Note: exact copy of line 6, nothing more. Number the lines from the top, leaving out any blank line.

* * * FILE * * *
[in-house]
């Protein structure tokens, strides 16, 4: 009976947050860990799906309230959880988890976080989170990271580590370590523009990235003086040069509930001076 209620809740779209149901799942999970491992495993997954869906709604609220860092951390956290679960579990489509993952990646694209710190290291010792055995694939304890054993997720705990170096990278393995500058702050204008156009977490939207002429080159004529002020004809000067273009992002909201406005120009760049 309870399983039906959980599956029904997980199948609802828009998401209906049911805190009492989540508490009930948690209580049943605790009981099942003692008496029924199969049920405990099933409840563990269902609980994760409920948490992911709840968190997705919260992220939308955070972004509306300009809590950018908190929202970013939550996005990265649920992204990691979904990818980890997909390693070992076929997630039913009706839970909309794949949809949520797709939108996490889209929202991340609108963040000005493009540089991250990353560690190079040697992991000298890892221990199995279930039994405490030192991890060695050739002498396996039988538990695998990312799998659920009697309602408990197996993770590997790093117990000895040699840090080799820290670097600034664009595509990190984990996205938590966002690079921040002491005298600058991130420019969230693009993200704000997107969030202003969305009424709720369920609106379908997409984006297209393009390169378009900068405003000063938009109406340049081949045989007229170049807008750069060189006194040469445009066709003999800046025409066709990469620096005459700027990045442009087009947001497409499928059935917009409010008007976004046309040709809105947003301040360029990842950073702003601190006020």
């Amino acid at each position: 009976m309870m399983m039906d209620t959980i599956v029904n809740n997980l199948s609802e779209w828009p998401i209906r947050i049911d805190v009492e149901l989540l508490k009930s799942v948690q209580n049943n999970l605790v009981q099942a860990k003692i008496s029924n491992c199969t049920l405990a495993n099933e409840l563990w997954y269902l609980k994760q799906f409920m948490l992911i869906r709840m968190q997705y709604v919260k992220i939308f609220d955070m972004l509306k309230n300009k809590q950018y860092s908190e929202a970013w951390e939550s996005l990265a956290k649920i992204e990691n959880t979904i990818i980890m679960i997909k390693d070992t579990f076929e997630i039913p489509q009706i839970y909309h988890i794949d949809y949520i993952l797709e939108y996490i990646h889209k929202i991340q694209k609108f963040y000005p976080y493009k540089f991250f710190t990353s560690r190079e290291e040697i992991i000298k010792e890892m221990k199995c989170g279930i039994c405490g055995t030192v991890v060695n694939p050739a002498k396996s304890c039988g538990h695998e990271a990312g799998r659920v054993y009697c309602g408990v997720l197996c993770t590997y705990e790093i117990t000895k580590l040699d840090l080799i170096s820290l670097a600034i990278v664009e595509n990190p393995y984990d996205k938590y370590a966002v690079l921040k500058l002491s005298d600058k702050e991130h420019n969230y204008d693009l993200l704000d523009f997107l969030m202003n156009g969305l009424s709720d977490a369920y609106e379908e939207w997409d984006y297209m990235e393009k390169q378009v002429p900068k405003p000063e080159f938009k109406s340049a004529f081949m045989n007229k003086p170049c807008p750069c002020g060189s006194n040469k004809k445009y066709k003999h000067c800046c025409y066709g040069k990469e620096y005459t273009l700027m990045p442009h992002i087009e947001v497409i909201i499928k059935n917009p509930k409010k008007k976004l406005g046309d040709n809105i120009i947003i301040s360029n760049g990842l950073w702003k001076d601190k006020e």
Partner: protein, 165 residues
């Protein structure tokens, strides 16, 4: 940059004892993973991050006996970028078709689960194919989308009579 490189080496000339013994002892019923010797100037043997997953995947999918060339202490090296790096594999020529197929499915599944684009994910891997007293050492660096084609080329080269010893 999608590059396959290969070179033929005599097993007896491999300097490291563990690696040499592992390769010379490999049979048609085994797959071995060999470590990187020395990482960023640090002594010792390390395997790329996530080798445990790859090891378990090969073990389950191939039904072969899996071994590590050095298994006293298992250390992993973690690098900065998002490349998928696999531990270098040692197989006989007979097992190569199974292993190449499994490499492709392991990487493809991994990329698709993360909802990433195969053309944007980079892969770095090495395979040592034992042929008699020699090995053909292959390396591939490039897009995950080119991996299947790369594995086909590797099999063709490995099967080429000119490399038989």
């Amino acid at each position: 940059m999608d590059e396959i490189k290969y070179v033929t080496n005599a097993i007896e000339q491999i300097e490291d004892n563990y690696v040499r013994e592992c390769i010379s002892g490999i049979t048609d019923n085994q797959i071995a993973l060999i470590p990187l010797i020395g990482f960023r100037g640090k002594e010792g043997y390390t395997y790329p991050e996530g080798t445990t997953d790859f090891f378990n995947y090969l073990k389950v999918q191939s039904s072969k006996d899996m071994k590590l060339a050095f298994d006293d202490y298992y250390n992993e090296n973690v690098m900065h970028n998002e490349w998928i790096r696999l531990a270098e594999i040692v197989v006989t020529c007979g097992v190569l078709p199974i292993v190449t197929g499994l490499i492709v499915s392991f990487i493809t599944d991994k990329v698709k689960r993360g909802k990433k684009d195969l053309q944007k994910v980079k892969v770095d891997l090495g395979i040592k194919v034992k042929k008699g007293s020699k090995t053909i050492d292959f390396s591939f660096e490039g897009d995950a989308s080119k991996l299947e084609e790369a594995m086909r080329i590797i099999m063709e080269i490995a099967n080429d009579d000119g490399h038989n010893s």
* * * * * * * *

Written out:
């Amino acid at each position: 940059m999608d590059e396959i490189k290969y070179v033929t080496n005599a097993i007896e000339q491999i300097e490291d004892n563990y690696v040499r013994e592992c390769i010379s002892g490999i049979t048609d019923n085994q797959i071995a993973l060999i470590p990187l010797i020395g990482f960023r100037g640090k002594e010792g043997y390390t395997y790329p991050e996530g080798t445990t997953d790859f090891f378990n995947y090969l073990k389950v999918q191939s039904s072969k006996d899996m071994k590590l060339a050095f298994d006293d202490y298992y250390n992993e090296n973690v690098m900065h970028n998002e490349w998928i790096r696999l531990a270098e594999i040692v197989v006989t020529c007979g097992v190569l078709p199974i292993v190449t197929g499994l490499i492709v499915s392991f990487i493809t599944d991994k990329v698709k689960r993360g909802k990433k684009d195969l053309q944007k994910v980079k892969v770095d891997l090495g395979i040592k194919v034992k042929k008699g007293s020699k090995t053909i050492d292959f390396s591939f660096e490039g897009d995950a989308s080119k991996l299947e084609e790369a594995m086909r080329i590797i099999m063709e080269i490995a099967n080429d009579d000119g490399h038989n010893s």